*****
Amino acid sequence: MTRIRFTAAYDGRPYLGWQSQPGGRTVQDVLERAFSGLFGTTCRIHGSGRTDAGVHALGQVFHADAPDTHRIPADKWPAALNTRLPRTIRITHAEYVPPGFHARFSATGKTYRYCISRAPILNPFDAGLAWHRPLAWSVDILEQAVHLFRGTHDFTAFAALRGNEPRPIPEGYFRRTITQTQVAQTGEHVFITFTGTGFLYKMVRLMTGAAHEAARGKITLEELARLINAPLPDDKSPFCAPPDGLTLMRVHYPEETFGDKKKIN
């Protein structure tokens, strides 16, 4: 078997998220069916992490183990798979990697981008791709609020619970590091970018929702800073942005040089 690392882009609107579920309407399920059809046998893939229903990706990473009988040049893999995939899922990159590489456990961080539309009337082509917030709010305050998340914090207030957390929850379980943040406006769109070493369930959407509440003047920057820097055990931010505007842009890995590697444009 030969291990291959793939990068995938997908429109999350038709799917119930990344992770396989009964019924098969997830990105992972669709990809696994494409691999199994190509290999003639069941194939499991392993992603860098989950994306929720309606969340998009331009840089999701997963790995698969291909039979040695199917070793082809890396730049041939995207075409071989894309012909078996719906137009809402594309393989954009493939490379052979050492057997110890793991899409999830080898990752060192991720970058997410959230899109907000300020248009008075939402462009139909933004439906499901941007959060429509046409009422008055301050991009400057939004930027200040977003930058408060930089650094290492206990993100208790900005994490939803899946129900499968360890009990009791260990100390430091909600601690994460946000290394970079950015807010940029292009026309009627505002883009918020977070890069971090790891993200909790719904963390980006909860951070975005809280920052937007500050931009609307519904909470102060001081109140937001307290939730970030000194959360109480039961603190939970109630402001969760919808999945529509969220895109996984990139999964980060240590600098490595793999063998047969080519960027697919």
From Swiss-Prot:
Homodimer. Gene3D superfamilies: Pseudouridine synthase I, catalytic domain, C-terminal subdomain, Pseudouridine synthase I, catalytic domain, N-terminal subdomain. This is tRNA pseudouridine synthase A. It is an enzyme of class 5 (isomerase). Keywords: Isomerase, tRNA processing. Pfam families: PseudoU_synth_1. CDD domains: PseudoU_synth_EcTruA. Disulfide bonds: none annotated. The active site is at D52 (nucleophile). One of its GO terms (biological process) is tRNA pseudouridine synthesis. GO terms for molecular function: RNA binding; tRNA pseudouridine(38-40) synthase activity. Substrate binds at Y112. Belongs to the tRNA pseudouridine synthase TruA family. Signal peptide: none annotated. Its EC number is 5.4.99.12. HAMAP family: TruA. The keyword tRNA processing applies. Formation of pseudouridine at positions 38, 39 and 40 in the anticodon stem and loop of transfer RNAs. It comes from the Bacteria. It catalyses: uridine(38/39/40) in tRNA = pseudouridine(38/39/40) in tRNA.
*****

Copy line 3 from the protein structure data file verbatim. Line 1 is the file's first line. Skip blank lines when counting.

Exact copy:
From Swiss-Prot: